• 36/12 Non-teen Ms (86% sample) show less
  negative parenting.
• 36/12 Children of Teen mothers show lower
  verbal ability and social competence.
• 36/12 Cn of Teen mothers show more behaviour
• Cn in workless households (40% sample) and
  lone-parent families (33% sample) score
  significantly lower scores on verbal ability.
                             (Melhuish et al, 2005: iv)
      22. Adverse effects in most
      disadvantaged groups: why?
Three possible processes

1. Services being used more extensively by less
   advantaged groups depriving more
2. Negative reaction by most disadvantaged to
   services offered.
3. Working with more cooperative groups easier
   for practitioners.
                         (Melhuish et al, 2005: 34)
     23. Evaluation conclusions
…the findings of this report represent, at best,
early indications of whether SSLPs might be
affecting the well-being of children and families.
Stronger grounds for drawing definitive
conclusions about SSLP effectiveness will exist
once longitudinal data on the 9-month olds and
their families in SSLP areas who are included in
this report are followed up at 36 months of age
and thus have been exposed to SSLPs for a much
longer period of time.
                            (Melhuish et al, 2005:2)
    24.The future of Sure Start: the
            current debate
• Glass, Norman, Founder of Sure Start at HM
  Treasury, now Director of National Centre for
  Social Research. The Guardian, 05.01.05 Surely
  some mistake?
• Hodge, Margaret, Minister for Children. The
  Guardian, 08.01.05 Our baby is thriving.
• Eisenstadt, Naomi, Director of original and current
  Sure Start Unit at DfES. The Guardian, 16.02.05
  Director defends ‘influential’ Sure Start
           25. The DfES response
    2006 Sure Start Children’s Centres Practice
    Guidance emphasises:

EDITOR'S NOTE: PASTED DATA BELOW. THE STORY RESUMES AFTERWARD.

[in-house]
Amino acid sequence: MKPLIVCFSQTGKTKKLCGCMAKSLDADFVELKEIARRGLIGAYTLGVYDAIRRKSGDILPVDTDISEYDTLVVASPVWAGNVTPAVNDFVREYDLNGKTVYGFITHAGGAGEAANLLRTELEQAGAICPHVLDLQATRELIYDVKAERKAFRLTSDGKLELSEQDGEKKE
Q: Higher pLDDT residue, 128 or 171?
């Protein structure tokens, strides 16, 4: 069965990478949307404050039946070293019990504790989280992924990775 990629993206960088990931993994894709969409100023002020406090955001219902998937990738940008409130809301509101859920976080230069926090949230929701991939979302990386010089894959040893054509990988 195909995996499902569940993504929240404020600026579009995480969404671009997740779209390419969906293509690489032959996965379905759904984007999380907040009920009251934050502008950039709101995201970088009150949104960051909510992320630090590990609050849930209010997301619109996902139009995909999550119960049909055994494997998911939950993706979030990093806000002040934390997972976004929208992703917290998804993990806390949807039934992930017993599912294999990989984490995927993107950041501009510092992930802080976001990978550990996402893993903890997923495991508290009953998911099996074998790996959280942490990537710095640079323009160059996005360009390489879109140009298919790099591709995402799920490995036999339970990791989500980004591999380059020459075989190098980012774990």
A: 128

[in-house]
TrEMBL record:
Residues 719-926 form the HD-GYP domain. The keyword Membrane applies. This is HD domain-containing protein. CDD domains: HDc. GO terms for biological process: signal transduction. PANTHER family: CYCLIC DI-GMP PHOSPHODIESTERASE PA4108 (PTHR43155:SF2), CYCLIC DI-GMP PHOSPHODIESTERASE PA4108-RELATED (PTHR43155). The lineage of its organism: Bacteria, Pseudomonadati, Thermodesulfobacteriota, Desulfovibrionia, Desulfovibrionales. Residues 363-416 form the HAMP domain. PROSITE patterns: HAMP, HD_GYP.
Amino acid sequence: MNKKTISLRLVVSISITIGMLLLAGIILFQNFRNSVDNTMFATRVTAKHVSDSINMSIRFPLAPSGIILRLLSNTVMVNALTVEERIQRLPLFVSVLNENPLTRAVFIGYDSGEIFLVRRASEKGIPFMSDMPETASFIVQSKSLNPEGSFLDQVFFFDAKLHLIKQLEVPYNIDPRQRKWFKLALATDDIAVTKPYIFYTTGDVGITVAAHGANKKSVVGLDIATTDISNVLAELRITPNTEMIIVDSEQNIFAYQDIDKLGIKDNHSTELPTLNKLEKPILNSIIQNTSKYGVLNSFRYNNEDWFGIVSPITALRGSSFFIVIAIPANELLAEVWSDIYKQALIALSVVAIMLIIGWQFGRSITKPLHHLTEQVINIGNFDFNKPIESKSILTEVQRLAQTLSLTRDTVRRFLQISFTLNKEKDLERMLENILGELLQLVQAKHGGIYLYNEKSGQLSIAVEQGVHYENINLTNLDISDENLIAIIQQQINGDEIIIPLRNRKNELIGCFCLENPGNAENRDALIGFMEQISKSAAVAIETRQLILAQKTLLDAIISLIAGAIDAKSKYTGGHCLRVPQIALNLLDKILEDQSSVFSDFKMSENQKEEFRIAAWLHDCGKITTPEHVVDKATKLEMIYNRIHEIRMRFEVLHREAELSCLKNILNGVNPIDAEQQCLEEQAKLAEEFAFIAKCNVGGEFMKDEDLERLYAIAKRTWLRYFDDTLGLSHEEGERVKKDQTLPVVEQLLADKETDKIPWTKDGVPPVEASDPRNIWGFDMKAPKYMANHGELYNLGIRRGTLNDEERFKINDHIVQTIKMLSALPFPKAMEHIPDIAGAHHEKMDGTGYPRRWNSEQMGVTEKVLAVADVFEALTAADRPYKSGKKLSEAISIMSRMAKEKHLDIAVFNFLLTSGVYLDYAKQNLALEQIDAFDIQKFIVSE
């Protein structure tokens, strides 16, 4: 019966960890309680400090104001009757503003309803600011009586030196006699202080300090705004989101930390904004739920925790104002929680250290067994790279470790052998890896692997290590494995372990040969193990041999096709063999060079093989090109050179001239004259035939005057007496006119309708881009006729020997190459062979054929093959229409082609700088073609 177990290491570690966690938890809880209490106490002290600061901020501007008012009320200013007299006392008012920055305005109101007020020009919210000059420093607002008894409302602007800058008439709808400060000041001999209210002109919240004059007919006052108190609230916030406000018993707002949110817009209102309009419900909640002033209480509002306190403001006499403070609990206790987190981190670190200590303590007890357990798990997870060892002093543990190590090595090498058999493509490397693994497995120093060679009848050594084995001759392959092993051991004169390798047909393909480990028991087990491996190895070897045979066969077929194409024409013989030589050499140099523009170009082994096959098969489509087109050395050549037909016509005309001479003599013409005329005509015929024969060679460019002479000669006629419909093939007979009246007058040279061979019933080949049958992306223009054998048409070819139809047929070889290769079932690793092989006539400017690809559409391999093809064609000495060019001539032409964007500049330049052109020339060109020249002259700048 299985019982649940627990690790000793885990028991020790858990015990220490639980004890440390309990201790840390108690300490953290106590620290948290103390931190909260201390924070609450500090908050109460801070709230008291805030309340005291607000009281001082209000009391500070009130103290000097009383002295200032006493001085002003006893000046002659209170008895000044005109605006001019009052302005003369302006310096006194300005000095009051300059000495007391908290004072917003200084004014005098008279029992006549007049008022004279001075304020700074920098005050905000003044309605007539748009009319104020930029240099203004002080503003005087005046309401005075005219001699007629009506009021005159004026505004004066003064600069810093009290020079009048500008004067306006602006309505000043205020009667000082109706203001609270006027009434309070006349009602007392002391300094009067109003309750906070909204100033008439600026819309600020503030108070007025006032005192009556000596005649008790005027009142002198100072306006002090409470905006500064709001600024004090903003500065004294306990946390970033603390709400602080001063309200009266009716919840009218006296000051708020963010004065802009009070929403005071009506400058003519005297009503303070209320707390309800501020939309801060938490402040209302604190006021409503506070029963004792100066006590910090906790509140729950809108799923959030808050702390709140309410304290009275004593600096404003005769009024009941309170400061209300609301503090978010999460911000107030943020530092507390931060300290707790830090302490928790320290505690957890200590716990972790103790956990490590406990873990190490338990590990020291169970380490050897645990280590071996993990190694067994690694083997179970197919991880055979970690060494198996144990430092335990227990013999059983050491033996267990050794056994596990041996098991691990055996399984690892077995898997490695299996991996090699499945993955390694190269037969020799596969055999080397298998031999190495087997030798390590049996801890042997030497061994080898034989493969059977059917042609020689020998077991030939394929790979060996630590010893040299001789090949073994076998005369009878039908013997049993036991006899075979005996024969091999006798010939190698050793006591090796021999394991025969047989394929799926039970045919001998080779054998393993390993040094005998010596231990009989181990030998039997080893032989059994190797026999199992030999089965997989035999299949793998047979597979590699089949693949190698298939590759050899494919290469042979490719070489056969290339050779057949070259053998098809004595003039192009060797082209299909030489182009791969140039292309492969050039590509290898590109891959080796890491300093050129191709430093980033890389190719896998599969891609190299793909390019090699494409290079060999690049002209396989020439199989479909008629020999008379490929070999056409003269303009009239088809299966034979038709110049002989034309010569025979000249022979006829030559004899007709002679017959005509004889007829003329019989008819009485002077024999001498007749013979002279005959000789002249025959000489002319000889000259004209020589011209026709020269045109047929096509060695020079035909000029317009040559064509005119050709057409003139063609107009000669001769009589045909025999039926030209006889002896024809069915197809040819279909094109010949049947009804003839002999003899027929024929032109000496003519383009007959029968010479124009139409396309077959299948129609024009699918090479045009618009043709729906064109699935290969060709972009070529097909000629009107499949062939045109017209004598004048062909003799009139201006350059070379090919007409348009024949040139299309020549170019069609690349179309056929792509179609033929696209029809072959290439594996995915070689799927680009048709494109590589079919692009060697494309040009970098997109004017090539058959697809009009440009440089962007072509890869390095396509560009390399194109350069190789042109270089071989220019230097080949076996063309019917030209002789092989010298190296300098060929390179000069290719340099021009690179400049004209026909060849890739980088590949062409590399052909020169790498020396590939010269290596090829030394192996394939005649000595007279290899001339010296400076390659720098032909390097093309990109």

•   Local authorities’ need to make services and
    information meet the interests/needs of families
•   Greater emphasis on outreach and home visiting;
•   Primary purpose is improving children’s life
    chances, not to be attractive to parents;
•   Improved joint working and personalisation of
    services delivery;
•   Good practice becoming commonplace.
Glass, N. (1999) ‘Sure Start: The development of an
  early intervention programme for young children
  in the United Kingdom.’ Children & Society, 13,
Gordon, D., Adelman, L., Ashworth, K., Bradshaw,
  J., Levitas, R., Middleton, S., Pantazis, C., Patsios,
  D., Payne, S., Townsend, P.and Williams, J.
  (2000) Poverty and Social Exclusion in Britain.
  York: Joseph Rowntree Foundation
Lloyd, E. (2006) Children, poverty and social
  exclusion. In: D. Gordon, C. Pantazis and R.
  Levitas (eds) Poverty and Social Exclusion in
  Britain: The Millennium Survey. Bristol: Policy
Lloyd, N., O’Brien. M. and Lewis, C. (2004)
  Fathers in Sure Start Local Programmes. National
  Evaluation Summary.

Meadows, P. and Garbers, C. (2004) Improving the
 employability of parents in Sure Start local
 programmes. National Evaluation Summary.
Melhuish, E., Anning, A. and Hall, D. (2005) Early
 Impacts of Sure Start Local Programmes on
 Children and Families. Research Report
 NESS/2005/FR/013/ London: HMSO
NESS, National Evaluation of Sure Start: